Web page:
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Color blindness affects a large number of individuals. When communicating scientific results colour palettes must therefore be carefully chosen to be accessible to all readers.

This R package provides an implementation of Okabe and Ito[1], Paul Tol[2] and Fabio Crameri[3] colour schemes. These schemes are ready for each type of data (qualitative, diverging or sequential), with colours that are distinct for all people, including colour-blind readers. This package also provides tools to simulate colour-blindness and to test how well the colours of any palette are identifiable. To simulate colour-blindness in production-ready R figures you may also be interested in the colorblindr package.

For specific uses, several scientific thematic schemes (geologic timescale, land cover, FAO soils, etc.) are implemented, but these colour schemes may not be colour-blind safe.

All these colour schemes are implemented for use with base R or ggplot2.


You can install the released version of khroma from CRAN:


And the development version from GitHub with:

# install.packages("remotes")


# Load packages

Colour palettes and scales

colour() returns a palette function that when called with a single integer argument returns a vector of colours.

# Paul Tol's bright colour scheme
bright <- colour("bright")

If crayon is installed on your machine and if the crayon.enabled option is set to TRUE with options(), colours will be nicely printed in the console.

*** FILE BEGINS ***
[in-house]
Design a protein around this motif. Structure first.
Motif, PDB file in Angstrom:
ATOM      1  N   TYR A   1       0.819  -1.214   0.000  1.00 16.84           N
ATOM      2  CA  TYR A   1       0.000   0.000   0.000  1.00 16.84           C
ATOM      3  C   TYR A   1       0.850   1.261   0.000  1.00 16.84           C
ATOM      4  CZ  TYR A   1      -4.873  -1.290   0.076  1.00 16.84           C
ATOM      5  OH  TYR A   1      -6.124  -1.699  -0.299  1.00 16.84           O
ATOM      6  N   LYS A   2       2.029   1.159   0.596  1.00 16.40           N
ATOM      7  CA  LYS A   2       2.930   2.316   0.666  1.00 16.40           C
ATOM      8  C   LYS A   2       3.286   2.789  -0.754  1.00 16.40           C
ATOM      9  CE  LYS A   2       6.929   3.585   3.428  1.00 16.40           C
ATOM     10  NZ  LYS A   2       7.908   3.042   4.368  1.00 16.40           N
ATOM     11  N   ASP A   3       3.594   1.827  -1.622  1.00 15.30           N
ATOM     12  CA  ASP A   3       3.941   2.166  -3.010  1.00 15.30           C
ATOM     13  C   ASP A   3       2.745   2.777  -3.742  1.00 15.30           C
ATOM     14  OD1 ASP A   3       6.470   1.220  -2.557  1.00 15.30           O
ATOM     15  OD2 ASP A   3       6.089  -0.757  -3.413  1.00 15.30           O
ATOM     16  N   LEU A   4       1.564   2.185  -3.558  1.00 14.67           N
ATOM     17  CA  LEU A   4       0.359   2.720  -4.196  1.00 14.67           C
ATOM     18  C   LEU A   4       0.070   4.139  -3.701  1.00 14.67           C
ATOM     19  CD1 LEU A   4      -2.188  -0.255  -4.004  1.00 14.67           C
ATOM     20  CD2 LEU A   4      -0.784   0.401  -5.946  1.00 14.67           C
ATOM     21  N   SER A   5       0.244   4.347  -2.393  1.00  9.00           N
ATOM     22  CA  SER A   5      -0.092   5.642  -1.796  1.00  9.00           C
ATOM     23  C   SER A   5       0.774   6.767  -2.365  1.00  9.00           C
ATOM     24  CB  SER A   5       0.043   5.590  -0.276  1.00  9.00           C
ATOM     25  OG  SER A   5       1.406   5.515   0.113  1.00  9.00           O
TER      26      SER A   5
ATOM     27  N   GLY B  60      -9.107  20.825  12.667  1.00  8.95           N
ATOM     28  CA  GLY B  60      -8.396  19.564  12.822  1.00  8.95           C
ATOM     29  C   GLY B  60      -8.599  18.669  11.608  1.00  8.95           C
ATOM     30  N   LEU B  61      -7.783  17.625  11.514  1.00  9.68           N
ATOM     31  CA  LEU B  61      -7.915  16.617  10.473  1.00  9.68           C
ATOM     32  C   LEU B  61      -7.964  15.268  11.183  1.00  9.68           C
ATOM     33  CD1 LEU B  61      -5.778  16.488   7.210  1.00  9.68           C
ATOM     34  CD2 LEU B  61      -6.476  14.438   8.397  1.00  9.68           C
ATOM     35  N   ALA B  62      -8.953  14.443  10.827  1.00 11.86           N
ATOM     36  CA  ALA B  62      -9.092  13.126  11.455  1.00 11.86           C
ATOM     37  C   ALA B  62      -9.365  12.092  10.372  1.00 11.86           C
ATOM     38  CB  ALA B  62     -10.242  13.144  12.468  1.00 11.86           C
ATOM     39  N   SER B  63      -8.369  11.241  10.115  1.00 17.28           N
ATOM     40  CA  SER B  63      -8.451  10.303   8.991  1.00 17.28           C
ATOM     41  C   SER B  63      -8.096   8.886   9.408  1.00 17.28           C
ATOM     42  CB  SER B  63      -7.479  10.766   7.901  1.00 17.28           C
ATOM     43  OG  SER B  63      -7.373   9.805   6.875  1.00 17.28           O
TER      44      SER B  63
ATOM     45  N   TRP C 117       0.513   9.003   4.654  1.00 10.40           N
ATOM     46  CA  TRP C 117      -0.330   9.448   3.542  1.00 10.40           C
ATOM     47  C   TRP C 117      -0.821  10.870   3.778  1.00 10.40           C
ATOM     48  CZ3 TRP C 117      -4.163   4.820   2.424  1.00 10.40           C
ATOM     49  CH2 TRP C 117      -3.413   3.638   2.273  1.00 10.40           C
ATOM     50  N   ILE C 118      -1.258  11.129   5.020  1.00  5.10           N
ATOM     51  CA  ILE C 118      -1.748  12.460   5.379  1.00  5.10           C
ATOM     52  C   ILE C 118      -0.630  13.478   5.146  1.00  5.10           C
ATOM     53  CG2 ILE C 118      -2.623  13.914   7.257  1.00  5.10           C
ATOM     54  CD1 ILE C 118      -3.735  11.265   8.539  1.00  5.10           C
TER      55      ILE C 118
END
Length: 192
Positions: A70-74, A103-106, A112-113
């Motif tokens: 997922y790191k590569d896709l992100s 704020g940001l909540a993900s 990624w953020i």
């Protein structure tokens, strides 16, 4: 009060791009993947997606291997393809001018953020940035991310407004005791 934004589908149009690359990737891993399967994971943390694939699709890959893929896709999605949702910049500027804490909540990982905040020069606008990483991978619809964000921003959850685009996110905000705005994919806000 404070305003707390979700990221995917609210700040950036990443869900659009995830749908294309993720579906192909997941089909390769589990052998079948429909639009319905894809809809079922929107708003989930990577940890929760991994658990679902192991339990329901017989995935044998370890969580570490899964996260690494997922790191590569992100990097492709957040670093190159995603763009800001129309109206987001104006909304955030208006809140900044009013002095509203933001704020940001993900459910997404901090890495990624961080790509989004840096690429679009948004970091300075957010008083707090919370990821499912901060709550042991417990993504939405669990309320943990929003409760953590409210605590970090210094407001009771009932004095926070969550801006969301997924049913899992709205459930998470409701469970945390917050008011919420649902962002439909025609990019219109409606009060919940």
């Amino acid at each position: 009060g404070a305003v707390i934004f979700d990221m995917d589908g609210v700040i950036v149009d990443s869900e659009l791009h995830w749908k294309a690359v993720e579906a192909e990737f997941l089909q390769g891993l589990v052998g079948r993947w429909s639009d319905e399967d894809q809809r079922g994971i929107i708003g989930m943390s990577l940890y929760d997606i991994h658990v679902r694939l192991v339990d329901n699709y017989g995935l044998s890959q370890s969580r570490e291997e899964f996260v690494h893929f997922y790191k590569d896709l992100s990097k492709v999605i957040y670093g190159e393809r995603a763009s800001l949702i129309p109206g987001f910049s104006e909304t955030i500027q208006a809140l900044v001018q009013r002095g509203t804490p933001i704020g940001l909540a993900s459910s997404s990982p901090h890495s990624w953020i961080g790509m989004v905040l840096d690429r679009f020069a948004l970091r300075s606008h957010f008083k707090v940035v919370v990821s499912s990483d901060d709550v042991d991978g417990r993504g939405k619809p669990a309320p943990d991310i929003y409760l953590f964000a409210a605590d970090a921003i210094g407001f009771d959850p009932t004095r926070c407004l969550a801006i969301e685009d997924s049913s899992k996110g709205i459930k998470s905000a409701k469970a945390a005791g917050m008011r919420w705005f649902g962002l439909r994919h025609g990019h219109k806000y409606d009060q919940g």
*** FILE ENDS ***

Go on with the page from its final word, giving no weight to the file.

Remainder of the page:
You can disable this feature by setting the crayon.enabled option to FALSE.

options(crayon.enabled = FALSE)
#>      blue       red     green    yellow      cyan    purple      grey 
#> "#4477AA" "#EE6677" "#228833" "#CCBB44" "#66CCEE" "#AA3377" "#BBBBBB" 
#> attr(,"missing")
#> [1] NA
# Show the colour palette
plot_scheme(bright(7), colours = TRUE)

# Use with ggplot2
ggplot2::ggplot(data = mpg, mapping = aes(x = displ, y = hwy, colour = class)) +
  ggplot2::geom_point() +

Diagnostic tools

Test how well the colours are identifiable

# Okabe & Ito's colour scheme
okabe <- colour("okabe ito")


Compute CIELAB distance metric

DeltaE <- compare(okabe(8))
round(DeltaE, 2)
#>                black orange sky blue bluish green yellow  blue vermilion
#> orange         64.74                                                    
#> sky blue       60.95  53.61                                             
#> bluish green   50.51  42.87    34.69                                    
#> yellow         88.42  21.72    57.53        38.04                       
#> blue           39.23  55.35    22.31        38.40  70.37                
#> vermilion      49.36  22.24    52.27        54.36  43.71 49.62          
#> reddish purple 53.11  49.01    45.51        63.45  62.54 41.11     37.02

Simulate colour-blindness


# ggplot2 default colour scheme
# (equally spaced hues around the colour wheel)
x <- scales::hue_pal()(8)

Colour Schemes

Colour Schemes

Paul Tol and Fabio Crameri offer carefully chosen schemes, ready for each type of data, with colours that are:

See vignette("tol") and vignette("crameri") for a more complete overview.

Scientific colour schemes

The following scientific colour schemes are available:

More will be added in future releases (suggestions are welcome).


Please note that the khroma project is released with a Contributor Code of Conduct. By contributing to this project, you agree to abide by its terms.

[1] Okabe, M. & Ito, K. (2008). Color Universal Design (CUD): How to Make Figures and Presentations That Are Friendly to Colorblind People. URL:

[2] Tol, P. (2018). Colour Schemes. SRON. Technical Note No. SRON/EPS/TN/09-002. URL:

[3] Crameri, F. (2018). Geodynamic diagnostics, scientific visualisation and StagLab 3.0. Geosci. Model Dev., 11, 2541-2562.